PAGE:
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China Daily Website

China resolves to check govt power

Updated: 2013-11-04 16:43
( Xinhua)

BEIJING - Government omnipotence, which has become an obstacle to efficiency after powering China's staggering growth in past decades, is expected to be addressed in reforms outlined by the country's new leadership for the next decade.

The market is widely anticipating plans on the transformation of government functions to be formed at the upcoming Third Plenary Session of the 18th Communist Party of China Central Committee, which is renowned as a springboard for major national reforms.

"Letting the government manage everything had the merit of efficiency at a time when China's economic aggregate and private production were both severely under-developed," said Chi Fulin, head of the China Institute for Reform and Development.

But it has lost its advantage in today's market economy, he added.

An official opposition

The Chinese government, local authorities in particular, with their role as decision-maker, investor, franchiser, regulator and supervisor all in one, has oriented the growth of the economy, which awed the world with two-digit expansion in the past 30 years.

This model, which once won widespread praise because of its efficiency, has now become a target of public complaints, as it has interfered excessively with the market and society.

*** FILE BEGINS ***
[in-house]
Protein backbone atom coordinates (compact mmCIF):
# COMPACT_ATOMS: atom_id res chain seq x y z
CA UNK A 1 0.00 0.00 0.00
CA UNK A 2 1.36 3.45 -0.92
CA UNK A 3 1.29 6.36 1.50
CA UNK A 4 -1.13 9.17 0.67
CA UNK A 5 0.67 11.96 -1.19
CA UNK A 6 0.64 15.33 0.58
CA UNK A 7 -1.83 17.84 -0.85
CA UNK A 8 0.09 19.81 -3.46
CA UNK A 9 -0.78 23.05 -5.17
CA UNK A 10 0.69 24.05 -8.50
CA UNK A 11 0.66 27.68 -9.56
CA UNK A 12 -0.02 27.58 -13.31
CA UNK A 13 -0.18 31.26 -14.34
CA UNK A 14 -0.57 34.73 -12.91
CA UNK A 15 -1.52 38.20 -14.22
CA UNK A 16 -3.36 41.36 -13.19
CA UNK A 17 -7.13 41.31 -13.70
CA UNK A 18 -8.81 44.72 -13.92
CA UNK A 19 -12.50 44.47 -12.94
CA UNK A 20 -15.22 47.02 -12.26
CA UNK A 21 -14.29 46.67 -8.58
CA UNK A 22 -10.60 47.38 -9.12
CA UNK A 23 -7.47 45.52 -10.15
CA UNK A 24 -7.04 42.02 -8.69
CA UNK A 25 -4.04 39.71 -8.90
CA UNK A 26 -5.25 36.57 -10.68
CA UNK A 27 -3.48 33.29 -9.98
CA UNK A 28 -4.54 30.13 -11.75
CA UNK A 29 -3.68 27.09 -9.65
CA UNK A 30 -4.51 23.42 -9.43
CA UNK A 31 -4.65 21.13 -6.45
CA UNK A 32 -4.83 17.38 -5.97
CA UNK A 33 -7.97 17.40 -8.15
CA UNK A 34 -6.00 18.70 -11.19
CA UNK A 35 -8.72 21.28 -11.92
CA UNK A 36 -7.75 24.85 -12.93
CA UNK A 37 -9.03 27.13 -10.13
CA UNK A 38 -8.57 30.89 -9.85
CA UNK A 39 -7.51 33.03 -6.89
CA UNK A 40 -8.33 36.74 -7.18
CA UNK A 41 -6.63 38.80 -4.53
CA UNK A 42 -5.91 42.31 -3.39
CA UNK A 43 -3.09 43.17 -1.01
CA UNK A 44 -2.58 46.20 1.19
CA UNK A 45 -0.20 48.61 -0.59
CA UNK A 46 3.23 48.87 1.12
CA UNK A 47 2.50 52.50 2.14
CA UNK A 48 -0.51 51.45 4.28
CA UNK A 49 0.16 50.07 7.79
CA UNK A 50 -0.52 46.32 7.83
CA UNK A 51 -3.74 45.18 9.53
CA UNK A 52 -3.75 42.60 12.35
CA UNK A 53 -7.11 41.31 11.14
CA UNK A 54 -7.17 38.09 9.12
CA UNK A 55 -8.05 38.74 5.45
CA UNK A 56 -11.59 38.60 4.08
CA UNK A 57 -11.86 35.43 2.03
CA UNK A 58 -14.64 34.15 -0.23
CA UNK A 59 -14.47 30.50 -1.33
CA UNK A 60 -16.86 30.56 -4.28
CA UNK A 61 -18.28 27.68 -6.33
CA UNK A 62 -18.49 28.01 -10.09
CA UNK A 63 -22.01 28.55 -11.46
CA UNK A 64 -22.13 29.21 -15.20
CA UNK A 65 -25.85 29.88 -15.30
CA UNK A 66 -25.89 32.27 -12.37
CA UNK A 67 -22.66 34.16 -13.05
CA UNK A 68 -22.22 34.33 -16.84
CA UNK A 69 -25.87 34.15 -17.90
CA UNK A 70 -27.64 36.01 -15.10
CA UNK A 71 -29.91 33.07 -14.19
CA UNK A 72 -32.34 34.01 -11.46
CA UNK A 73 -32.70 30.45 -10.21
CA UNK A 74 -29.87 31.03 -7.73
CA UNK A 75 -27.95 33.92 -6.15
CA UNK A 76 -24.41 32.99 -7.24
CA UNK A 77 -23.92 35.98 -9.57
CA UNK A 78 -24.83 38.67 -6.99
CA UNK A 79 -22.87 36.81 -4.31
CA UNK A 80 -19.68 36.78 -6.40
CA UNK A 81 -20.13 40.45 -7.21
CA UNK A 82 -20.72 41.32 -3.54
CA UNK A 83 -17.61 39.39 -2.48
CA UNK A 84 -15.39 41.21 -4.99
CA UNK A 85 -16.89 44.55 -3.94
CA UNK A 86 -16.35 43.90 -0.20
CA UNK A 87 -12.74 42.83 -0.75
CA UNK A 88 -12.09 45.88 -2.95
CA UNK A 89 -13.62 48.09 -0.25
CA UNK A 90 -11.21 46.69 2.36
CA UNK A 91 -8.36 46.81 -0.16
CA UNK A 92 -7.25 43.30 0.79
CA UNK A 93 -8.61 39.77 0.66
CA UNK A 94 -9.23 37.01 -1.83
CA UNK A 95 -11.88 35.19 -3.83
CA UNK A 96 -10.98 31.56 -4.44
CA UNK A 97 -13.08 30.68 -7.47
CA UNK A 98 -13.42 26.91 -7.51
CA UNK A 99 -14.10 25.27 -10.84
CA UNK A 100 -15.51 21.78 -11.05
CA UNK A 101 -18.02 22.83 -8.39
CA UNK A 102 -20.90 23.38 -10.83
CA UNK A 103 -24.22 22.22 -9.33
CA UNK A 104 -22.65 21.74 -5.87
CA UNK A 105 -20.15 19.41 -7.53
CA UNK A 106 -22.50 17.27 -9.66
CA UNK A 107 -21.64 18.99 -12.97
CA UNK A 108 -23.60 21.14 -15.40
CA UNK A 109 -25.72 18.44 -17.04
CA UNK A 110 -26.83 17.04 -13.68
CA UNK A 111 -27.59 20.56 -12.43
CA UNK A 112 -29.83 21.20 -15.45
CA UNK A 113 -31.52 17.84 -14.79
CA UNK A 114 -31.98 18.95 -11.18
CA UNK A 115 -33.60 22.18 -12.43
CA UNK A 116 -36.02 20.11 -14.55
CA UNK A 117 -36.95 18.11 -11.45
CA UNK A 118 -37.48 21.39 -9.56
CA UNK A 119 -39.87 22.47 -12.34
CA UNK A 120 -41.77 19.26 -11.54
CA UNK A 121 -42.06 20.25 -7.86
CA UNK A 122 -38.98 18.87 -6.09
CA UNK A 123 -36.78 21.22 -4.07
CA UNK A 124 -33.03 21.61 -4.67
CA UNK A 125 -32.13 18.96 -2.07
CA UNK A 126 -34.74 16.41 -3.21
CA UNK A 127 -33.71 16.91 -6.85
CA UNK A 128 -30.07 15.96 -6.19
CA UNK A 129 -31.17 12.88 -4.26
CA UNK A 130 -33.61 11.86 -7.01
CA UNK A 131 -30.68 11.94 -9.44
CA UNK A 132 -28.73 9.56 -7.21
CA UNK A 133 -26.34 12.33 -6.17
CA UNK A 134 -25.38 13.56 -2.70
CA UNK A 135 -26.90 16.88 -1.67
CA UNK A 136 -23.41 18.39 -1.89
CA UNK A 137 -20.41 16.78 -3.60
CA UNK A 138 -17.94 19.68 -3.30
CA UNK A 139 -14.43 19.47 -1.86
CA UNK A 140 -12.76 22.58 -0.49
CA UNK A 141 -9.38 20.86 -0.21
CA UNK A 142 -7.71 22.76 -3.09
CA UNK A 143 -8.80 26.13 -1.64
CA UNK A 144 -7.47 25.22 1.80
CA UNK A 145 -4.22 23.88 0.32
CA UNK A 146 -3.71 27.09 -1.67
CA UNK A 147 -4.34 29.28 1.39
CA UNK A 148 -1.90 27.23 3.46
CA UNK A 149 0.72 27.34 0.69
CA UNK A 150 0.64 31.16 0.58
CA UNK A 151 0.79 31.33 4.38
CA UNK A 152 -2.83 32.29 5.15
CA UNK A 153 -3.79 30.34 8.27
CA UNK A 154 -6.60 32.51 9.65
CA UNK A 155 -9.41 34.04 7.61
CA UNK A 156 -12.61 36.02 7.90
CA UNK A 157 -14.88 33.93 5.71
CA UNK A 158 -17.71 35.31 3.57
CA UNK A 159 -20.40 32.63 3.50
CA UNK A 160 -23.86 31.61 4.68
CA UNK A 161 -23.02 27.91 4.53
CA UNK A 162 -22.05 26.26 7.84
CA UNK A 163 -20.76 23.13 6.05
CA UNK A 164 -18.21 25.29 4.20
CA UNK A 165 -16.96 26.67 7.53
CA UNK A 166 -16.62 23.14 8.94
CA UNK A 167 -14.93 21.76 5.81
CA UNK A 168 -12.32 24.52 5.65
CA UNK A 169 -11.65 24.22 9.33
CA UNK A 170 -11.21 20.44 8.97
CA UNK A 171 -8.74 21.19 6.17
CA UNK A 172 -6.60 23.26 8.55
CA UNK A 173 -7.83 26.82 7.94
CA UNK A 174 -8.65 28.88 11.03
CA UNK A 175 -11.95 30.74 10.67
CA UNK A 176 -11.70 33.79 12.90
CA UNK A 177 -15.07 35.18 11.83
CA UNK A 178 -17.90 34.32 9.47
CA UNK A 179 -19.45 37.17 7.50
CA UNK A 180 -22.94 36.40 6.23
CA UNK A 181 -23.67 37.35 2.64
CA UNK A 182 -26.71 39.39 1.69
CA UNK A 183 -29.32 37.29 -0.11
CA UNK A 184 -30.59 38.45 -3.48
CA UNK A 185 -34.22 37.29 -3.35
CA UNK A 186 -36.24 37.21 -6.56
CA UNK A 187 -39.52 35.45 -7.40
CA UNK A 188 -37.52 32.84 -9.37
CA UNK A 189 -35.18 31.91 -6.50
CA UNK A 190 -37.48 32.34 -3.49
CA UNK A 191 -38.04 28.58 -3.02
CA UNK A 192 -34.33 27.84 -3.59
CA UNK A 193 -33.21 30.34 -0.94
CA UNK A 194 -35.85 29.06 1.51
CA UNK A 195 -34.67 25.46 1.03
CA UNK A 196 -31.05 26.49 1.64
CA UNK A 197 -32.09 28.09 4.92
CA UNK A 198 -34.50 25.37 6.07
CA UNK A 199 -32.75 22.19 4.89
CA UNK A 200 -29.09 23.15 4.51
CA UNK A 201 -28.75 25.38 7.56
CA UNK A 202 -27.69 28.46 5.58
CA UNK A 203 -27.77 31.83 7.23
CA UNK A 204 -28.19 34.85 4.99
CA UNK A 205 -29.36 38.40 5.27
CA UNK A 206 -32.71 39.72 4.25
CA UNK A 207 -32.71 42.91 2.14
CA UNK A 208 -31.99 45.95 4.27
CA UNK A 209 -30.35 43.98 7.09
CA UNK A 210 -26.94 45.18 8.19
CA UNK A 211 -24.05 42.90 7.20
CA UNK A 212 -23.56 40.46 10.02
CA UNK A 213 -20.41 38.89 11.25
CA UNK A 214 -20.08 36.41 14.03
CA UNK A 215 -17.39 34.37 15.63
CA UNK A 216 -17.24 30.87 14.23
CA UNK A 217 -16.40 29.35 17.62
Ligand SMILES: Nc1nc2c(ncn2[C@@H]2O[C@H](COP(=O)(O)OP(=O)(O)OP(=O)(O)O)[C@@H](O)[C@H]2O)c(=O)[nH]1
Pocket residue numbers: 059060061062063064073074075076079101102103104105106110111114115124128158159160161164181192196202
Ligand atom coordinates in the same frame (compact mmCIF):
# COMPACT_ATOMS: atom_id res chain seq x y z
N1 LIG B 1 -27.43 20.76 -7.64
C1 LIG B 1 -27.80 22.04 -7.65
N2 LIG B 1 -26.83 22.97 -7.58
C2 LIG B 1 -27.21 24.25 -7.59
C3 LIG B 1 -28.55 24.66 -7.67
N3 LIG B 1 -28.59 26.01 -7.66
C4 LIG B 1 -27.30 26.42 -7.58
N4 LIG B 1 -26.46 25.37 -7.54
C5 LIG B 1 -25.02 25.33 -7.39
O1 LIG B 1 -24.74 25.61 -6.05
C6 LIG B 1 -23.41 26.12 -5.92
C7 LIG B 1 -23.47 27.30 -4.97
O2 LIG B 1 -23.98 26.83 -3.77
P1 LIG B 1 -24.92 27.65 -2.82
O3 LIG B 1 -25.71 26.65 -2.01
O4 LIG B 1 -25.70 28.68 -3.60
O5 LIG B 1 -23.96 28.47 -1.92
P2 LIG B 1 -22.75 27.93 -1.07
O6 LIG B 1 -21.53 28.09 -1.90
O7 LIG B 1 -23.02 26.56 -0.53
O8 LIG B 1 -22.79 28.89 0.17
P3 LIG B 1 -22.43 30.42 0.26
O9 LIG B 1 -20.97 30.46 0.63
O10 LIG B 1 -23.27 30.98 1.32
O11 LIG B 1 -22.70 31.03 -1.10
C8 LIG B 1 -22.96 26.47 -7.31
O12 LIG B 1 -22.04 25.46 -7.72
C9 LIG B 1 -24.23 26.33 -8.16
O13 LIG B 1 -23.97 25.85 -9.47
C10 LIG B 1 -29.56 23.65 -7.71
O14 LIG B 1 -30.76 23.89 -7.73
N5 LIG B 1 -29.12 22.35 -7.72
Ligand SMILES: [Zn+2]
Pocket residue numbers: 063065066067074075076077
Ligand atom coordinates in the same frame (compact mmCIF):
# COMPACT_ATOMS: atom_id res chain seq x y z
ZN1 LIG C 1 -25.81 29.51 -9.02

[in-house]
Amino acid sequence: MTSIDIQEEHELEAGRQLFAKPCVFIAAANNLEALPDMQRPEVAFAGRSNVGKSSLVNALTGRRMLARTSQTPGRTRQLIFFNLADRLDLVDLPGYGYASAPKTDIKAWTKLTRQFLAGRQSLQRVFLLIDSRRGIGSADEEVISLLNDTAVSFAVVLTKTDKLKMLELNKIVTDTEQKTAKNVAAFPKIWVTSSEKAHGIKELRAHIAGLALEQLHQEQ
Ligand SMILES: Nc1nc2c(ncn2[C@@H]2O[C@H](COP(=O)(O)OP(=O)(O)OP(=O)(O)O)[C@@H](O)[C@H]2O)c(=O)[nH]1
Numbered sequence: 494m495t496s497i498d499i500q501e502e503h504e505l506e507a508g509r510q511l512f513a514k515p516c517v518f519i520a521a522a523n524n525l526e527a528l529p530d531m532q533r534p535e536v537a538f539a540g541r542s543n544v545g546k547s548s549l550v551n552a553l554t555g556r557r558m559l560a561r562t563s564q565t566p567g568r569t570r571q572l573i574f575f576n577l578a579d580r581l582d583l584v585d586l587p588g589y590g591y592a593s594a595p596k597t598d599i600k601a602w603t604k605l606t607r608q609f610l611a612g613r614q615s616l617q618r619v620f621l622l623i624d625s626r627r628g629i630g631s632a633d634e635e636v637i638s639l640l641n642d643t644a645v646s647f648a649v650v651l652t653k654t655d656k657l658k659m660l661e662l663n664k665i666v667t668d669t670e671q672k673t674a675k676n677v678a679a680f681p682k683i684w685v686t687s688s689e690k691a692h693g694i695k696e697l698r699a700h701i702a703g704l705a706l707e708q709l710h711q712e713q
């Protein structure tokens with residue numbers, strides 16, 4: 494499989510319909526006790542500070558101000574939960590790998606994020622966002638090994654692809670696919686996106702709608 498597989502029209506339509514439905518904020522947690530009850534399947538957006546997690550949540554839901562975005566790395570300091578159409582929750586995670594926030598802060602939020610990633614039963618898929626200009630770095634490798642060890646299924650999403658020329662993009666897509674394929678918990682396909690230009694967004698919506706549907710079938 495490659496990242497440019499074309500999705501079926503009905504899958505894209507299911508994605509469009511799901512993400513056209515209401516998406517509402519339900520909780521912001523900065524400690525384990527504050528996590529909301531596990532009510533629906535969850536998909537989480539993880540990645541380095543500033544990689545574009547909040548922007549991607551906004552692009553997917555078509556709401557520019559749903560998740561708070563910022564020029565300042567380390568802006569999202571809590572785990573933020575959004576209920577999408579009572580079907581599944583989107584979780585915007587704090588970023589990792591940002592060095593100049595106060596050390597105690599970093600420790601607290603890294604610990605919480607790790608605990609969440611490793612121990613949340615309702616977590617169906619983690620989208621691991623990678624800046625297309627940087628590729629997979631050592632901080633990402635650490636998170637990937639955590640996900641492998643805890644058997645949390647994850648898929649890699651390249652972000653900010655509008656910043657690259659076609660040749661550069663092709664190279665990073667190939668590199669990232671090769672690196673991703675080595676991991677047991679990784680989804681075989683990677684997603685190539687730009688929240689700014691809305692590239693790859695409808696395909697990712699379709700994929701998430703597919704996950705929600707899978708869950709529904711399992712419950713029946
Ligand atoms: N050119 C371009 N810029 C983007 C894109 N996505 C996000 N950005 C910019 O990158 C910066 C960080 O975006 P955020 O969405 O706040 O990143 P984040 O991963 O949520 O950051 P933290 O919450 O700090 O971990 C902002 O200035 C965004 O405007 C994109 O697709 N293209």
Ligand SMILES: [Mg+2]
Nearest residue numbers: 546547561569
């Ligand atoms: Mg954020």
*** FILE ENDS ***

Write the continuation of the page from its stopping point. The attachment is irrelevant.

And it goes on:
For example, in Zhengzhou city of Central China's Henan province, an expectant mother surnamed Zhang has made 20 visits to the local residential community this year in order to obtain a birth certificate for her soon-to-be-born baby.

For Kong Lingmin, a project manager at a real estate development company in South China's Hainan province, the biggest headache was the need to deal with lots of different government departments to complete the acceptance process for a project, although the time taken for this has recently been reduced from six months to 10 working days.

What's worse, such practices have also led to pivotal issues like overcapacity, environmental pollution, the local government debt crisis and market malfunctions, raising the stakes for a weakening economy that has already faltered amid global economic woes.

Against the backdrop of today's economy with its diversified players, the government-led growth model has increasingly hindered China's ongoing economic restructuring efforts, according to Chi.

The old growth model has left Chinese government with little choice but to carry out reforms that start with itself, added Wang Xiaoguang, a researcher at the Chinese Academy of Governance.

Growth of the world's second-largest economy eased to 7.7 percent in the first three quarters of the year.

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